TEXAS VIEW: Public information gets needed victory

By Beaumont Enterprise

The ongoing battle in Texas to keep basic governmental information available to the public recently got an important victory. The attorney general’s office properly ruled that the city of Austin cannot withhold records about applicants for its city manager’s job by claiming that the information would harm the city competitively.

This means that Austin residents — and by extension residents of other Texas cities — will have more information about who applies for an important position.

They will then be able to judge for themselves if their local officials made a good choice — or hired some crony with political connections.

This victory was especially welcome because it partially closed a loophole to public information laws that has been getting larger in recent months.

That would be the infamous Boeing vs. Paxton case, the 2015 Texas Supreme Court ruling that lease provisions between Boeing and the San Antonio Port Authority could be kept confidential because they could hurt the aerospace company competitively.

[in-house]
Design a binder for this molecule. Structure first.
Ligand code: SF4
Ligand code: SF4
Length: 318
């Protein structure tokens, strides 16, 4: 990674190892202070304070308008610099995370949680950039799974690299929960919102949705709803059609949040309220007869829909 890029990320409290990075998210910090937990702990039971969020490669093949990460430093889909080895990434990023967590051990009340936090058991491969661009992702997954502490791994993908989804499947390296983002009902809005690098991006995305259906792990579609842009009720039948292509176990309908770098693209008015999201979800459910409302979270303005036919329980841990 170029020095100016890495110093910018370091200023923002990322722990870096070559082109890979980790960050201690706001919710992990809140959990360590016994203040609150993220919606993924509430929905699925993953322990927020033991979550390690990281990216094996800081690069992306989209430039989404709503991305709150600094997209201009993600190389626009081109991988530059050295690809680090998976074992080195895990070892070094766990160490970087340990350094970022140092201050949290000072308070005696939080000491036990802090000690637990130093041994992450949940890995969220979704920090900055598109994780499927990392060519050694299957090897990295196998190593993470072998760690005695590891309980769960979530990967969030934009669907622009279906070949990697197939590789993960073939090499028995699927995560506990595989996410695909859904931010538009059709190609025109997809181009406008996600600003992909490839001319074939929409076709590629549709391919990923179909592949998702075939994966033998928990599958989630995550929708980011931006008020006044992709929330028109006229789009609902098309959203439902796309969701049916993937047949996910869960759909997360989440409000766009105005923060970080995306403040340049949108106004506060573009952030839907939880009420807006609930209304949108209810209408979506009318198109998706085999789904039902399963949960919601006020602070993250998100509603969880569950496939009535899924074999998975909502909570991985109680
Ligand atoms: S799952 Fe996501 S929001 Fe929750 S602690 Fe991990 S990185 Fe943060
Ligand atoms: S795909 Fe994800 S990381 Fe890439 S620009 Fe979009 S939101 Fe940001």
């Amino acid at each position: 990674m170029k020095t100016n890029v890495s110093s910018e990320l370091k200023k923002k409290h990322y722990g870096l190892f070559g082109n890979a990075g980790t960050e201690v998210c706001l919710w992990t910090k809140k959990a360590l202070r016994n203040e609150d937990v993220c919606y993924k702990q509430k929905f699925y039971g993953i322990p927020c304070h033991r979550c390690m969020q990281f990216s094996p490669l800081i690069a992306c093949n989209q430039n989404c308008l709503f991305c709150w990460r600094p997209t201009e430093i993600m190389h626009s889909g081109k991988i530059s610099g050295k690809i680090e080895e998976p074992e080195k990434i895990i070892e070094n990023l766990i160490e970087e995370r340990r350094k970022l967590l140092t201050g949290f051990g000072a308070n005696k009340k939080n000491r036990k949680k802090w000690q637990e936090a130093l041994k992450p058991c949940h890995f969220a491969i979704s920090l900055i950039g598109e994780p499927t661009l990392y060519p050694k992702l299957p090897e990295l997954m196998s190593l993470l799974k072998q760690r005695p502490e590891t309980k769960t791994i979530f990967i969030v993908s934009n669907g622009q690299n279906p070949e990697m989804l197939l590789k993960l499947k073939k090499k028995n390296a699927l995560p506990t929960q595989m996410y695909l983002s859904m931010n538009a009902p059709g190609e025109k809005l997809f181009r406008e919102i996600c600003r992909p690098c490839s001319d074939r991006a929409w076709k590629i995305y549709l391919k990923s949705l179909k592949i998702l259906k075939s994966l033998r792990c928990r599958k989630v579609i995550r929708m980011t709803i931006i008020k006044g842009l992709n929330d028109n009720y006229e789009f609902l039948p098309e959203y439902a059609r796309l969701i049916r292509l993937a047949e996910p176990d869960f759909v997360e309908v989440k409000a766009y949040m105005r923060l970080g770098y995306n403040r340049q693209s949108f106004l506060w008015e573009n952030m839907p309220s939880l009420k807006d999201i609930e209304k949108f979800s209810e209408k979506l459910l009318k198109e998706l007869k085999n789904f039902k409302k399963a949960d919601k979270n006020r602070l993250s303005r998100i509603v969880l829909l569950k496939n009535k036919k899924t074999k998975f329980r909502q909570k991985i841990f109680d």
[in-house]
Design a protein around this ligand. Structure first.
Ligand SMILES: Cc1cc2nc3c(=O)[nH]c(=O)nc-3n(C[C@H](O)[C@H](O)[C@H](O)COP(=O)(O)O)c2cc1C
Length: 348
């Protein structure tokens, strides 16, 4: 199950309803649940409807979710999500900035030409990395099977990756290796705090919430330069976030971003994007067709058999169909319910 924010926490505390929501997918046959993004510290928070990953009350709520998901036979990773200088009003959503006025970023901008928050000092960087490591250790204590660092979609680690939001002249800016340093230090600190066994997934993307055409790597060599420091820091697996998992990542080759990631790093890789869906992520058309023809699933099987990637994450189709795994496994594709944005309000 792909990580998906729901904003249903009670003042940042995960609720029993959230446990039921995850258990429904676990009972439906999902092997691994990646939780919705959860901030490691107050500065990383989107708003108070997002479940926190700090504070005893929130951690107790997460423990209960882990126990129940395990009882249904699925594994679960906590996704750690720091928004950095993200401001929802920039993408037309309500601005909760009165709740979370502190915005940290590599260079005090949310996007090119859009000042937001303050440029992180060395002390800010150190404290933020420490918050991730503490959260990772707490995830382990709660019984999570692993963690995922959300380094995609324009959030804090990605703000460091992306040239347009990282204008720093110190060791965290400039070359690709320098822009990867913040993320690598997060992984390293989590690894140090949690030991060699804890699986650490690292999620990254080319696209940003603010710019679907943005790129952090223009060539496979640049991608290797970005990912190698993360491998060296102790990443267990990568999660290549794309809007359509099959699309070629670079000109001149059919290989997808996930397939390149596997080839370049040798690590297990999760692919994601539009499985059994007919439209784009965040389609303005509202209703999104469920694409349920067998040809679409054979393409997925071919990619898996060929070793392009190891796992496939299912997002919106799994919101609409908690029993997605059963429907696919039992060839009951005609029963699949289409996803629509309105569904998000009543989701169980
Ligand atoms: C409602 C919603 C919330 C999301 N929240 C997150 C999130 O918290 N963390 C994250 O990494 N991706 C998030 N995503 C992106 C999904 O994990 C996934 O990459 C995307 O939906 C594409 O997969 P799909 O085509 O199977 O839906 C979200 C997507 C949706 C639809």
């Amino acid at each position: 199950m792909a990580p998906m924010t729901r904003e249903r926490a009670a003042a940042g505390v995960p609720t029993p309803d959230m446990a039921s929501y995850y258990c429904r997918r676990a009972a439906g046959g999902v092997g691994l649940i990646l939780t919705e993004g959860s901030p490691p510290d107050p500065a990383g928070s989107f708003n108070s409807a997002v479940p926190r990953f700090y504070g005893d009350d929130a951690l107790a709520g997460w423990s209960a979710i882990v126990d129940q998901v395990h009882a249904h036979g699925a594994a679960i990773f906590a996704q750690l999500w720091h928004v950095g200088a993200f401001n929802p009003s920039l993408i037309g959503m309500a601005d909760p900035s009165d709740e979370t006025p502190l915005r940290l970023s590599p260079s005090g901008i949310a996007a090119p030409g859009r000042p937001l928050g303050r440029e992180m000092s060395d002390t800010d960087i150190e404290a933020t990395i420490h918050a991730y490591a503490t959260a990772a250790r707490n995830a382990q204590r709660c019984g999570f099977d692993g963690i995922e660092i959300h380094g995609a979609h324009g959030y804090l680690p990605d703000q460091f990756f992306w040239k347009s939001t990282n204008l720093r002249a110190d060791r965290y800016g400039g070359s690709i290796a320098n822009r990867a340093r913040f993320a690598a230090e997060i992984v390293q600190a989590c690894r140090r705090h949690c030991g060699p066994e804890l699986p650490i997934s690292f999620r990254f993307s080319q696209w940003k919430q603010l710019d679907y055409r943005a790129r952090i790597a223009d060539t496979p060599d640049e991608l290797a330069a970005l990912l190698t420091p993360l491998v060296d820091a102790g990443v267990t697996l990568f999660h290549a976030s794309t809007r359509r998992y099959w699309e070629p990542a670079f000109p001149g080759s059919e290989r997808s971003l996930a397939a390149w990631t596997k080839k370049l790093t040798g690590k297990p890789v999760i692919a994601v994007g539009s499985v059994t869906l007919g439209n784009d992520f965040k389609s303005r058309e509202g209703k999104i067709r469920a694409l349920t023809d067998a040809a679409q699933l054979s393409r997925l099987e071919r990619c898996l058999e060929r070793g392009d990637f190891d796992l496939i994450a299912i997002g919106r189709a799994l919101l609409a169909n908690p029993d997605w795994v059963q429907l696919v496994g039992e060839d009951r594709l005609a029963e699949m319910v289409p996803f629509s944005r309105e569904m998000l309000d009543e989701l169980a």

In reality, the San Antonio Port Authority (a taxpayer-funded facility) was using a creative legal gambit to restrict the kind of public information that had been routinely released for years with no harm.

That case was bad enough, but some Texas cities have since used that ruling an excuse to withhold information on basic taxpayer spending on entertainment or contracts to feed students.

In this case, the Austin City Council and its search firm were trying to claim that revealing information about the applicants would expose “trade secrets.” That’s nonsense, because the information in question includes basic qualifications like each applicant’s experience and education.

Ethical members of a city council or a school board don’t hide behind gimmicks like this. They realize that taxpayers deserve to know how their tax dollars are being spent.

If there is some kind of spending that public officials want to hide from you, feel free to suspect that something sketchy is going on.